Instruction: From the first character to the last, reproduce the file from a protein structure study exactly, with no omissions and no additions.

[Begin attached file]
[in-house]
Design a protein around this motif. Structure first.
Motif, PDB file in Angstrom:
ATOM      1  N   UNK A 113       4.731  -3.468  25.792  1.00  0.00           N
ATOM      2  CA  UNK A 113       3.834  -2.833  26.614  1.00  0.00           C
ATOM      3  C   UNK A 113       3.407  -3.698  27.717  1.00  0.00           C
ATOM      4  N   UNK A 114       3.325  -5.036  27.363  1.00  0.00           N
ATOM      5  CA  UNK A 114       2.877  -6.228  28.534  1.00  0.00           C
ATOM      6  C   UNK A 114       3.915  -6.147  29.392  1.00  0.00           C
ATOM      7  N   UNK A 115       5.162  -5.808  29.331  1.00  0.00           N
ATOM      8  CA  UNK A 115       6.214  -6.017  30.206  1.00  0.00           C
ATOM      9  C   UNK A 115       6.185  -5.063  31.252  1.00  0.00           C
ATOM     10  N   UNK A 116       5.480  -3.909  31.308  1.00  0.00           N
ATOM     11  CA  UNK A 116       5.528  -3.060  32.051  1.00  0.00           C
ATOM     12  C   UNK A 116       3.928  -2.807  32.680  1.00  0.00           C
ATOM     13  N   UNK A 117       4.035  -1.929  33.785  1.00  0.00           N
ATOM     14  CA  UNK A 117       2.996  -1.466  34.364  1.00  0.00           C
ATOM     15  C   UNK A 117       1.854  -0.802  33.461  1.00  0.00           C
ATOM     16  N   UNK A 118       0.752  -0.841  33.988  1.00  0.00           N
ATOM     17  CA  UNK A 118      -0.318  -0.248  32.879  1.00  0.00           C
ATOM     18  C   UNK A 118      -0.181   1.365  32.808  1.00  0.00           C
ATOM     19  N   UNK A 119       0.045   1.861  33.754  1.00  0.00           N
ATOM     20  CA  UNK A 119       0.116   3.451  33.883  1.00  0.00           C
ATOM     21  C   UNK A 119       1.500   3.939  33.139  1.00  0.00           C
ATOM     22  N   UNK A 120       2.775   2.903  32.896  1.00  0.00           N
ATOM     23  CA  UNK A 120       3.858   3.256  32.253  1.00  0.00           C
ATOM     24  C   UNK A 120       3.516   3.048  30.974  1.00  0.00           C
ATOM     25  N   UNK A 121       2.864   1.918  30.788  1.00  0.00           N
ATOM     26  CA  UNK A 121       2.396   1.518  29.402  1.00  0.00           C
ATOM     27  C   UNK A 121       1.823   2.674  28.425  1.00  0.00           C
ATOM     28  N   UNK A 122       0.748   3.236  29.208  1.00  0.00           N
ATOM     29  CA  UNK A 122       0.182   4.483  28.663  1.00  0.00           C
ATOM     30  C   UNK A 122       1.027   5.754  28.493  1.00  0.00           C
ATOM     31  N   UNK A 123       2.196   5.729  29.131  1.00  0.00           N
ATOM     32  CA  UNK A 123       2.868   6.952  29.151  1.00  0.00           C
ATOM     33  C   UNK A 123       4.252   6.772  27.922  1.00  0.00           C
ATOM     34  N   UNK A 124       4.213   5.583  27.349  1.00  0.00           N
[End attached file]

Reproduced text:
[in-house]
Design a protein around this motif. Structure first.
Motif, PDB file in Angstrom:
ATOM      1  N   UNK A 113       4.731  -3.468  25.792  1.00  0.00           N
ATOM      2  CA  UNK A 113       3.834  -2.833  26.614  1.00  0.00           C
ATOM      3  C   UNK A 113       3.407  -3.698  27.717  1.00  0.00           C
ATOM      4  N   UNK A 114       3.325  -5.036  27.363  1.00  0.00           N
ATOM      5  CA  UNK A 114       2.877  -6.228  28.534  1.00  0.00           C
ATOM      6  C   UNK A 114       3.915  -6.147  29.392  1.00  0.00           C
ATOM      7  N   UNK A 115       5.162  -5.808  29.331  1.00  0.00           N
ATOM      8  CA  UNK A 115       6.214  -6.017  30.206  1.00  0.00           C
ATOM      9  C   UNK A 115       6.185  -5.063  31.252  1.00  0.00           C
ATOM     10  N   UNK A 116       5.480  -3.909  31.308  1.00  0.00           N
ATOM     11  CA  UNK A 116       5.528  -3.060  32.051  1.00  0.00           C
ATOM     12  C   UNK A 116       3.928  -2.807  32.680  1.00  0.00           C
ATOM     13  N   UNK A 117       4.035  -1.929  33.785  1.00  0.00           N
ATOM     14  CA  UNK A 117       2.996  -1.466  34.364  1.00  0.00           C
ATOM     15  C   UNK A 117       1.854  -0.802  33.461  1.00  0.00           C
ATOM     16  N   UNK A 118       0.752  -0.841  33.988  1.00  0.00           N
ATOM     17  CA  UNK A 118      -0.318  -0.248  32.879  1.00  0.00           C
ATOM     18  C   UNK A 118      -0.181   1.365  32.808  1.00  0.00           C
ATOM     19  N   UNK A 119       0.045   1.861  33.754  1.00  0.00           N
ATOM     20  CA  UNK A 119       0.116   3.451  33.883  1.00  0.00           C
ATOM     21  C   UNK A 119       1.500   3.939  33.139  1.00  0.00           C
ATOM     22  N   UNK A 120       2.775   2.903  32.896  1.00  0.00           N
ATOM     23  CA  UNK A 120       3.858   3.256  32.253  1.00  0.00           C
ATOM     24  C   UNK A 120       3.516   3.048  30.974  1.00  0.00           C
ATOM     25  N   UNK A 121       2.864   1.918  30.788  1.00  0.00           N
ATOM     26  CA  UNK A 121       2.396   1.518  29.402  1.00  0.00           C
ATOM     27  C   UNK A 121       1.823   2.674  28.425  1.00  0.00           C
ATOM     28  N   UNK A 122       0.748   3.236  29.208  1.00  0.00           N
ATOM     29  CA  UNK A 122       0.182   4.483  28.663  1.00  0.00           C
ATOM     30  C   UNK A 122       1.027   5.754  28.493  1.00  0.00           C
ATOM     31  N   UNK A 123       2.196   5.729  29.131  1.00  0.00           N
ATOM     32  CA  UNK A 123       2.868   6.952  29.151  1.00  0.00           C
ATOM     33  C   UNK A 123       4.252   6.772  27.922  1.00  0.00           C
ATOM     34  N   UNK A 124       4.213   5.583  27.349  1.00  0.00           N